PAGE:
How Your Menstrual Cycle Effects Your Skin

How Your Menstrual Cycle Effects Your Skin

Posted by Alison Butijer on

The menstrual cycle does not refer to when you just get your period. It is a reoccurring (28 day on average) cycle divided into four phases:

  • Menstrual phase
  • Follicular phase
  • Ovulation phase
  • Luteal phase

During each of these phases, the skin experiences hormonal (oestrogen and progesterone) fluctuations that can cause a variety of concerns, such as breakouts, sensitivity, dryness, uneven skin tone, and hormonal acne. These hormonal changes and imbalances can impact the texture, oiliness, hydration, and overall appearance of the skin. Hormonal surges can also affect melanin synthesis, which can cause dark patches or hyperpigmentation on the skin.

AMPERNA® Hormones and Skin

The menstrual cycle and skin are interrelated as the saying goes ‘what is happening on the inside will present on the outside’. Not only does your skin have its own hormonal and neuroendocrine system designed to deal with stress, but your body also uses the skin to express whatever is going on.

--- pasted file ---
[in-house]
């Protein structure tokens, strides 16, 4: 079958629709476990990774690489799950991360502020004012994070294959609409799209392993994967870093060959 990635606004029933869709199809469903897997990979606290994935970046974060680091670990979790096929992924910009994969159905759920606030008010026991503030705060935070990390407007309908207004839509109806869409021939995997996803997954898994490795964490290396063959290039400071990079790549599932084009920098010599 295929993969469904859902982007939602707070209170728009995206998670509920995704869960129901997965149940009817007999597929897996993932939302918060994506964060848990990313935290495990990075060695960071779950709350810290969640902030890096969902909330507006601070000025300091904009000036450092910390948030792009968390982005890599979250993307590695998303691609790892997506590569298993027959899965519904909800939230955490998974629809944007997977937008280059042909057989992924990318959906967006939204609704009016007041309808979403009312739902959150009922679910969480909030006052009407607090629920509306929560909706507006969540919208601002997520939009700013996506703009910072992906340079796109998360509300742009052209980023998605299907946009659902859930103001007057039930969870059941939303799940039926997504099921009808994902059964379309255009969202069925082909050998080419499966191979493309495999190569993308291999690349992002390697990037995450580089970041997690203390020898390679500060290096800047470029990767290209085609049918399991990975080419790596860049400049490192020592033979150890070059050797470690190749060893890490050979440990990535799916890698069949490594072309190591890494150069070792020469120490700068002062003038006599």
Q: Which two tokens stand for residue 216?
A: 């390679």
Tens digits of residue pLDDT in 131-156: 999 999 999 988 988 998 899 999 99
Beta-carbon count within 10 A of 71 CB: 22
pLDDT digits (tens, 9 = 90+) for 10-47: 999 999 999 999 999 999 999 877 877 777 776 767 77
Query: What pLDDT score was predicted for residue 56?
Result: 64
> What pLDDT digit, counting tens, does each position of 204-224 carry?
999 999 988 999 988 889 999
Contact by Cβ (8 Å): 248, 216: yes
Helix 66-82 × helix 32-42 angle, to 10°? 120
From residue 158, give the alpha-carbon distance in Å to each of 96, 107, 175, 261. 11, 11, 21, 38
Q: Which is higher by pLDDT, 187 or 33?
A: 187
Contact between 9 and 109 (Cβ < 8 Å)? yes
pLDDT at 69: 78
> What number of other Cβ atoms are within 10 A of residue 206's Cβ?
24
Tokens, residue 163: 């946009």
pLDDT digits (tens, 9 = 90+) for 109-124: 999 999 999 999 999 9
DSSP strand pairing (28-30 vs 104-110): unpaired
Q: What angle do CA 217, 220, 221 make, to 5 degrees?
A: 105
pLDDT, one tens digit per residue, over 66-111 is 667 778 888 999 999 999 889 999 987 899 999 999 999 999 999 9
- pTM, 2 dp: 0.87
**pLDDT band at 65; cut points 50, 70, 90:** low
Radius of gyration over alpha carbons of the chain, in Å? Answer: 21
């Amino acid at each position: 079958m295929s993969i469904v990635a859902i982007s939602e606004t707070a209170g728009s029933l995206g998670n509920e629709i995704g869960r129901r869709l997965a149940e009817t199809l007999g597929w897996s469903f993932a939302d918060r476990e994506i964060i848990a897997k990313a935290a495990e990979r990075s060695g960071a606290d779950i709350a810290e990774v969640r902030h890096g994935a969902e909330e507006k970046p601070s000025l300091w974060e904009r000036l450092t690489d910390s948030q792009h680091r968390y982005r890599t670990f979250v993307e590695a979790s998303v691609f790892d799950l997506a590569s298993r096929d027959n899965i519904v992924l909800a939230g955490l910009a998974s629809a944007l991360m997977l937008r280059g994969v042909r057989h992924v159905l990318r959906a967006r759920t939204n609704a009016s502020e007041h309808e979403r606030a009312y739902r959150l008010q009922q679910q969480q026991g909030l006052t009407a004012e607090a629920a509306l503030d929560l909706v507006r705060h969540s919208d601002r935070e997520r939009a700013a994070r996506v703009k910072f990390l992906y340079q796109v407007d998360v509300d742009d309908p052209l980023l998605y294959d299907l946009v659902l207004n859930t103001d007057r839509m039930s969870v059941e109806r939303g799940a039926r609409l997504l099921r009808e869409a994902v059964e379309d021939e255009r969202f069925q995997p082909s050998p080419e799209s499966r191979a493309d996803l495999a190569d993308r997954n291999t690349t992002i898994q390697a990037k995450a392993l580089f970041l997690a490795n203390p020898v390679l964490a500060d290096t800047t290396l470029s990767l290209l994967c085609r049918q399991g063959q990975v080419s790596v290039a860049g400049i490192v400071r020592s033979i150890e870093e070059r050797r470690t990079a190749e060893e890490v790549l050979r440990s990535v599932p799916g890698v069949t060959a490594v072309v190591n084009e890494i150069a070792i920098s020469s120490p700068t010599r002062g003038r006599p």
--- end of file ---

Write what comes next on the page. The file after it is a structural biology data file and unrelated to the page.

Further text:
Moreso, understanding how your hormones and menstrual cycle effects your overall health and wellbeing is crucial.

*Consult with your doctor if you need more information or support with understanding your cycle and hormones.

Below we will cover an overview on how each phase of your menstrual cycle affects your skin and how you can support your hormones and skin holistically with your diet.

Menstrual Cycle Phases

1. Menstrual Phase

Your Skin

The menstrual phase is the first stage of the menstrual cycle, aka, the first day of your period. During the menstrual phase, when estrogen and progesterone levels are at their lowest, the skin's barrier function may become impaired, leading to reduced skin hydration and irritation. This can result in dryness and an overall dullness of the skin. You may notice any fine lines or wrinkles may appear more obvious.